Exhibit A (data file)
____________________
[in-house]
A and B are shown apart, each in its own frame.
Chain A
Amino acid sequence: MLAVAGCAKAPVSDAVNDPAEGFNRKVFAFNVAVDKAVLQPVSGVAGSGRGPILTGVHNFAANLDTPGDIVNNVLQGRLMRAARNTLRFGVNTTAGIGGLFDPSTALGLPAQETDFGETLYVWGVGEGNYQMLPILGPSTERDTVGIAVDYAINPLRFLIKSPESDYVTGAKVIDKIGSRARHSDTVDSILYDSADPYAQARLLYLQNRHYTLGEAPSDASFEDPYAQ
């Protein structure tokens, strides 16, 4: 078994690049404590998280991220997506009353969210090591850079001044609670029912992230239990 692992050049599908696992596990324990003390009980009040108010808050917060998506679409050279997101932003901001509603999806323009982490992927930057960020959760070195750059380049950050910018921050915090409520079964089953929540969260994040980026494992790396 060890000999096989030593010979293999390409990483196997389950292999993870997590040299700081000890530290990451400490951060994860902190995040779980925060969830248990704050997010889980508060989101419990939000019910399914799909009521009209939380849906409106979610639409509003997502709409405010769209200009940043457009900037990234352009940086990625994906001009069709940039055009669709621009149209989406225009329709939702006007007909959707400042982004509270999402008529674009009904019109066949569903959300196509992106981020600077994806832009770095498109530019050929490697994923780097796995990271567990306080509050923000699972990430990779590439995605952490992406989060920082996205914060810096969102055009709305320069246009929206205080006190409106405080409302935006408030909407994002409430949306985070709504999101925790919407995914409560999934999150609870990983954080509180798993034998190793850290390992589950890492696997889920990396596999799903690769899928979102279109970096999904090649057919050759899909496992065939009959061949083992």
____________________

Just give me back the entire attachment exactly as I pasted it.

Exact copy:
[in-house]
A and B are shown apart, each in its own frame.
Chain A
Amino acid sequence: MLAVAGCAKAPVSDAVNDPAEGFNRKVFAFNVAVDKAVLQPVSGVAGSGRGPILTGVHNFAANLDTPGDIVNNVLQGRLMRAARNTLRFGVNTTAGIGGLFDPSTALGLPAQETDFGETLYVWGVGEGNYQMLPILGPSTERDTVGIAVDYAINPLRFLIKSPESDYVTGAKVIDKIGSRARHSDTVDSILYDSADPYAQARLLYLQNRHYTLGEAPSDASFEDPYAQ
């Protein structure tokens, strides 16, 4: 078994690049404590998280991220997506009353969210090591850079001044609670029912992230239990 692992050049599908696992596990324990003390009980009040108010808050917060998506679409050279997101932003901001509603999806323009982490992927930057960020959760070195750059380049950050910018921050915090409520079964089953929540969260994040980026494992790396 060890000999096989030593010979293999390409990483196997389950292999993870997590040299700081000890530290990451400490951060994860902190995040779980925060969830248990704050997010889980508060989101419990939000019910399914799909009521009209939380849906409106979610639409509003997502709409405010769209200009940043457009900037990234352009940086990625994906001009069709940039055009669709621009149209989406225009329709939702006007007909959707400042982004509270999402008529674009009904019109066949569903959300196509992106981020600077994806832009770095498109530019050929490697994923780097796995990271567990306080509050923000699972990430990779590439995605952490992406989060920082996205914060810096969102055009709305320069246009929206205080006190409106405080409302935006408030909407994002409430949306985070709504999101925790919407995914409560999934999150609870990983954080509180798993034998190793850290390992589950890492696997889920990396596999799903690769899928979102279109970096999904090649057919050759899909496992065939009959061949083992």